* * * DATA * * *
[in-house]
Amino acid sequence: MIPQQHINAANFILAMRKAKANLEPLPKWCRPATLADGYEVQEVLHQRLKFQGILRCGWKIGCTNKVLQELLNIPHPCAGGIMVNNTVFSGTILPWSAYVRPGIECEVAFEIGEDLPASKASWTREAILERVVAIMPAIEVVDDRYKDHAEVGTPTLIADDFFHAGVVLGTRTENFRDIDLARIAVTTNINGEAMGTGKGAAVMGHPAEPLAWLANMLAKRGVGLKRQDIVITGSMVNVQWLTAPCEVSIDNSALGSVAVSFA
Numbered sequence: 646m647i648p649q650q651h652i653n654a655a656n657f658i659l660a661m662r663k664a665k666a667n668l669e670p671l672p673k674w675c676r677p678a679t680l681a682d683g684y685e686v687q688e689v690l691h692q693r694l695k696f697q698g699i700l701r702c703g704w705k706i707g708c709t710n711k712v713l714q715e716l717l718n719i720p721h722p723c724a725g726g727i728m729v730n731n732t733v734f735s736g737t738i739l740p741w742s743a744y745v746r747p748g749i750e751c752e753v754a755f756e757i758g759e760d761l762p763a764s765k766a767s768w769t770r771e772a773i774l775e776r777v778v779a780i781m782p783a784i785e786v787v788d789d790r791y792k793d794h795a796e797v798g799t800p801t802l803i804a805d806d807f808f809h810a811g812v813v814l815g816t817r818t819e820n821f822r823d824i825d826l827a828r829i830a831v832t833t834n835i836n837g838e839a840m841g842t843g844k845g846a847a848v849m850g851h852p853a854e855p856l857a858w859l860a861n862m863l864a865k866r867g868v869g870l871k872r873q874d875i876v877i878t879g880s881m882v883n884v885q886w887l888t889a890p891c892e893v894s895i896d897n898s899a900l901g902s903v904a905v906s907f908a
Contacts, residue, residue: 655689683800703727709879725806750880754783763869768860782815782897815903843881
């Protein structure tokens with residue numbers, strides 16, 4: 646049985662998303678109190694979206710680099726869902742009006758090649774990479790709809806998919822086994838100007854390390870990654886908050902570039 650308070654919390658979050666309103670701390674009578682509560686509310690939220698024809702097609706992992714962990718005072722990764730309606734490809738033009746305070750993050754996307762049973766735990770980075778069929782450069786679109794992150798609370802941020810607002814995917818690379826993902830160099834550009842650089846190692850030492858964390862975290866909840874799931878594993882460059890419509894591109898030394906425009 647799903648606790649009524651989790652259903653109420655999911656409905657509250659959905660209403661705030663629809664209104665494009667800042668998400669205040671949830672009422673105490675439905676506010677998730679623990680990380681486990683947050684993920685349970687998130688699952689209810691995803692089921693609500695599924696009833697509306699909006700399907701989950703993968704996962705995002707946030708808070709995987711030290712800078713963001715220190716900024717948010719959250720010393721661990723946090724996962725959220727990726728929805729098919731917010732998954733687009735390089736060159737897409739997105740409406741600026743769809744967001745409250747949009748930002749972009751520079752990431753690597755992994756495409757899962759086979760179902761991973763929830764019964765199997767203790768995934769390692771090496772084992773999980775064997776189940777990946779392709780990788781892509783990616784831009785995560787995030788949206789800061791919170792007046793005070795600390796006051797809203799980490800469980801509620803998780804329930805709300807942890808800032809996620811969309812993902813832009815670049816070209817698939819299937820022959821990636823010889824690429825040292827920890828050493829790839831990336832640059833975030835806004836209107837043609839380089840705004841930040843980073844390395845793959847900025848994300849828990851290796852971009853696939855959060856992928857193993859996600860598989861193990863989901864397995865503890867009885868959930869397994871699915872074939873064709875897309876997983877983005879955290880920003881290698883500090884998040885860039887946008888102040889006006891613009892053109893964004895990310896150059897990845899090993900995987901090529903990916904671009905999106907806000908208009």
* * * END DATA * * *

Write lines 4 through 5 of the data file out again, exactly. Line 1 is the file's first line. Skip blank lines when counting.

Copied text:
Contacts, residue, residue: 655689683800703727709879725806750880754783763869768860782815782897815903843881
């Protein structure tokens with residue numbers, strides 16, 4: 646049985662998303678109190694979206710680099726869902742009006758090649774990479790709809806998919822086994838100007854390390870990654886908050902570039 650308070654919390658979050666309103670701390674009578682509560686509310690939220698024809702097609706992992714962990718005072722990764730309606734490809738033009746305070750993050754996307762049973766735990770980075778069929782450069786679109794992150798609370802941020810607002814995917818690379826993902830160099834550009842650089846190692850030492858964390862975290866909840874799931878594993882460059890419509894591109898030394906425009 647799903648606790649009524651989790652259903653109420655999911656409905657509250659959905660209403661705030663629809664209104665494009667800042668998400669205040671949830672009422673105490675439905676506010677998730679623990680990380681486990683947050684993920685349970687998130688699952689209810691995803692089921693609500695599924696009833697509306699909006700399907701989950703993968704996962705995002707946030708808070709995987711030290712800078713963001715220190716900024717948010719959250720010393721661990723946090724996962725959220727990726728929805729098919731917010732998954733687009735390089736060159737897409739997105740409406741600026743769809744967001745409250747949009748930002749972009751520079752990431753690597755992994756495409757899962759086979760179902761991973763929830764019964765199997767203790768995934769390692771090496772084992773999980775064997776189940777990946779392709780990788781892509783990616784831009785995560787995030788949206789800061791919170792007046793005070795600390796006051797809203799980490800469980801509620803998780804329930805709300807942890808800032809996620811969309812993902813832009815670049816070209817698939819299937820022959821990636823010889824690429825040292827920890828050493829790839831990336832640059833975030835806004836209107837043609839380089840705004841930040843980073844390395845793959847900025848994300849828990851290796852971009853696939855959060856992928857193993859996600860598989861193990863989901864397995865503890867009885868959930869397994871699915872074939873064709875897309876997983877983005879955290880920003881290698883500090884998040885860039887946008888102040889006006891613009892053109893964004895990310896150059897990845899090993900995987901090529903990916904671009905999106907806000908208009």